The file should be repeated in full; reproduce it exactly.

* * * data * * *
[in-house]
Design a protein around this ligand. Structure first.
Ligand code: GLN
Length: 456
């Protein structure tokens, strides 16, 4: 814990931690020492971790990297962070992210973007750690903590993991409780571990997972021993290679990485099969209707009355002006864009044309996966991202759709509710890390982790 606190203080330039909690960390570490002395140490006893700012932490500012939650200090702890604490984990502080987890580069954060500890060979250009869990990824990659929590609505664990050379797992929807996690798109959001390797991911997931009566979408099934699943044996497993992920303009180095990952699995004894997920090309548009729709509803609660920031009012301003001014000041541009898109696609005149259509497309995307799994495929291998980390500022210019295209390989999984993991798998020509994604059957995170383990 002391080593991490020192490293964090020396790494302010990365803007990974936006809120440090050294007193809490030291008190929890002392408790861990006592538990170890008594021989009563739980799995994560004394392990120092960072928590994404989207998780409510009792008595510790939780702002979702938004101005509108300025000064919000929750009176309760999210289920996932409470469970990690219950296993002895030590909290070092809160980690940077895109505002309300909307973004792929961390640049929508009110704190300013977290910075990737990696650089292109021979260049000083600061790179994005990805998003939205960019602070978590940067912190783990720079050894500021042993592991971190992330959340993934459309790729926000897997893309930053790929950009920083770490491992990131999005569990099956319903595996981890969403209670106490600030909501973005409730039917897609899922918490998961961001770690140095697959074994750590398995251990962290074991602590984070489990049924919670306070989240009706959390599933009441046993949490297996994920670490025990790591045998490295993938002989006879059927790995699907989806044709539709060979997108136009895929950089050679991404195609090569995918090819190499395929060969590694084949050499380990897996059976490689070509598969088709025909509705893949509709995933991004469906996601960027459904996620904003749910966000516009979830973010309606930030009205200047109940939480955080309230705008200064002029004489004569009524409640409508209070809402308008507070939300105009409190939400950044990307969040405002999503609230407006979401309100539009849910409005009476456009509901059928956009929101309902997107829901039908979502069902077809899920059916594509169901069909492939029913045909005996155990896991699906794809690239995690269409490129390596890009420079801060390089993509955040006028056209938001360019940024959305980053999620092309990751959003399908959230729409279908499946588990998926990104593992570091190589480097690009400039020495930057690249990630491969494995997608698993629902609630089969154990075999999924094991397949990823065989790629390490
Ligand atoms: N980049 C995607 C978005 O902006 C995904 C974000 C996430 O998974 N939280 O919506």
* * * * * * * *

[in-house]
Design a protein around this ligand. Structure first.
Ligand code: GLN
Length: 456
């Protein structure tokens, strides 16, 4: 814990931690020492971790990297962070992210973007750690903590993991409780571990997972021993290679990485099969209707009355002006864009044309996966991202759709509710890390982790 606190203080330039909690960390570490002395140490006893700012932490500012939650200090702890604490984990502080987890580069954060500890060979250009869990990824990659929590609505664990050379797992929807996690798109959001390797991911997931009566979408099934699943044996497993992920303009180095990952699995004894997920090309548009729709509803609660920031009012301003001014000041541009898109696609005149259509497309995307799994495929291998980390500022210019295209390989999984993991798998020509994604059957995170383990 002391080593991490020192490293964090020396790494302010990365803007990974936006809120440090050294007193809490030291008190929890002392408790861990006592538990170890008594021989009563739980799995994560004394392990120092960072928590994404989207998780409510009792008595510790939780702002979702938004101005509108300025000064919000929750009176309760999210289920996932409470469970990690219950296993002895030590909290070092809160980690940077895109505002309300909307973004792929961390640049929508009110704190300013977290910075990737990696650089292109021979260049000083600061790179994005990805998003939205960019602070978590940067912190783990720079050894500021042993592991971190992330959340993934459309790729926000897997893309930053790929950009920083770490491992990131999005569990099956319903595996981890969403209670106490600030909501973005409730039917897609899922918490998961961001770690140095697959074994750590398995251990962290074991602590984070489990049924919670306070989240009706959390599933009441046993949490297996994920670490025990790591045998490295993938002989006879059927790995699907989806044709539709060979997108136009895929950089050679991404195609090569995918090819190499395929060969590694084949050499380990897996059976490689070509598969088709025909509705893949509709995933991004469906996601960027459904996620904003749910966000516009979830973010309606930030009205200047109940939480955080309230705008200064002029004489004569009524409640409508209070809402308008507070939300105009409190939400950044990307969040405002999503609230407006979401309100539009849910409005009476456009509901059928956009929101309902997107829901039908979502069902077809899920059916594509169901069909492939029913045909005996155990896991699906794809690239995690269409490129390596890009420079801060390089993509955040006028056209938001360019940024959305980053999620092309990751959003399908959230729409279908499946588990998926990104593992570091190589480097690009400039020495930057690249990630491969494995997608698993629902609630089969154990075999999924094991397949990823065989790629390490
Ligand atoms: N980049 C995607 C978005 O902006 C995904 C974000 C996430 O998974 N939280 O919506």